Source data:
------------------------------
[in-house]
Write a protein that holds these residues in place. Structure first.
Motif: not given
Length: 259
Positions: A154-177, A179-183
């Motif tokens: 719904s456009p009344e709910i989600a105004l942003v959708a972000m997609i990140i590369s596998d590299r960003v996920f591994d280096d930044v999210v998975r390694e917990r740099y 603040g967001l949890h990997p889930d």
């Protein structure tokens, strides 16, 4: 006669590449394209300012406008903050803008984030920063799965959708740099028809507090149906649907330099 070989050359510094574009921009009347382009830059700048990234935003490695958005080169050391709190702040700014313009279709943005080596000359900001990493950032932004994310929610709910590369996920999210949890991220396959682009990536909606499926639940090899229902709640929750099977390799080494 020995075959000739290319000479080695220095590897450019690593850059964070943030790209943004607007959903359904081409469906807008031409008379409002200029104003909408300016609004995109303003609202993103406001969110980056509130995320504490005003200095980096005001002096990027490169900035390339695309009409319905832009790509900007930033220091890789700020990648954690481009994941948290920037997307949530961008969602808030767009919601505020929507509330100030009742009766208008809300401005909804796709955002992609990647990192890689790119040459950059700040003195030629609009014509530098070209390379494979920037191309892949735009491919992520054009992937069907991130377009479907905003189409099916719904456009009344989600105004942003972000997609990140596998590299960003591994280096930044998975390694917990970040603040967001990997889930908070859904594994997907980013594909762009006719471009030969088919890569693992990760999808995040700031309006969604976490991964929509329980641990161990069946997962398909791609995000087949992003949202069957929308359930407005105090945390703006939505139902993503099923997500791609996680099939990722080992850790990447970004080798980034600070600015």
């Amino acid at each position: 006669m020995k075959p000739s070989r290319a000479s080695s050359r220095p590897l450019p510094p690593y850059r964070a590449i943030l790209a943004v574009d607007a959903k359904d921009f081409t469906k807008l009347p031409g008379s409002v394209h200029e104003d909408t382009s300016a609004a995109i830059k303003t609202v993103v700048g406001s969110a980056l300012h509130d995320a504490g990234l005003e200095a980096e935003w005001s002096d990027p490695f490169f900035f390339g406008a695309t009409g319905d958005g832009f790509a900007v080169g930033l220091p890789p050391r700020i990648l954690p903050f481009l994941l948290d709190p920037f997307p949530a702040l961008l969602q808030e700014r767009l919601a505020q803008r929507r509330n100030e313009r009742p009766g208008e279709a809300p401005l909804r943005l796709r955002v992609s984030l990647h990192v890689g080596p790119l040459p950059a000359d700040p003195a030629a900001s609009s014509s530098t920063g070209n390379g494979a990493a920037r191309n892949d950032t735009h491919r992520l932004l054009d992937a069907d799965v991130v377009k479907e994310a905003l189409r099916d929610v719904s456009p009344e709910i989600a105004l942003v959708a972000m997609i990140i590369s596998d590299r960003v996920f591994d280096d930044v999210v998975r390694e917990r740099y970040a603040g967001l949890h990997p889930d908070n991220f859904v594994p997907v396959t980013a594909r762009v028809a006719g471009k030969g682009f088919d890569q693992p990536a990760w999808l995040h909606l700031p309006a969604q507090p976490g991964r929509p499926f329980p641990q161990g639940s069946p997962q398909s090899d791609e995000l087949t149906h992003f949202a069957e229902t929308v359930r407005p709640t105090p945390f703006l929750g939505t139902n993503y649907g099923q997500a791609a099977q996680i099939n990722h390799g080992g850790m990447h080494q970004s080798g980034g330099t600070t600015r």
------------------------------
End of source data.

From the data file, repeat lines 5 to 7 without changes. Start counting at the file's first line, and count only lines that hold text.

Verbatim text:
Positions: A154-177, A179-183
């Motif tokens: 719904s456009p009344e709910i989600a105004l942003v959708a972000m997609i990140i590369s596998d590299r960003v996920f591994d280096d930044v999210v998975r390694e917990r740099y 603040g967001l949890h990997p889930d």
């Protein structure tokens, strides 16, 4: 006669590449394209300012406008903050803008984030920063799965959708740099028809507090149906649907330099 070989050359510094574009921009009347382009830059700048990234935003490695958005080169050391709190702040700014313009279709943005080596000359900001990493950032932004994310929610709910590369996920999210949890991220396959682009990536909606499926639940090899229902709640929750099977390799080494 020995075959000739290319000479080695220095590897450019690593850059964070943030790209943004607007959903359904081409469906807008031409008379409002200029104003909408300016609004995109303003609202993103406001969110980056509130995320504490005003200095980096005001002096990027490169900035390339695309009409319905832009790509900007930033220091890789700020990648954690481009994941948290920037997307949530961008969602808030767009919601505020929507509330100030009742009766208008809300401005909804796709955002992609990647990192890689790119040459950059700040003195030629609009014509530098070209390379494979920037191309892949735009491919992520054009992937069907991130377009479907905003189409099916719904456009009344989600105004942003972000997609990140596998590299960003591994280096930044998975390694917990970040603040967001990997889930908070859904594994997907980013594909762009006719471009030969088919890569693992990760999808995040700031309006969604976490991964929509329980641990161990069946997962398909791609995000087949992003949202069957929308359930407005105090945390703006939505139902993503099923997500791609996680099939990722080992850790990447970004080798980034600070600015």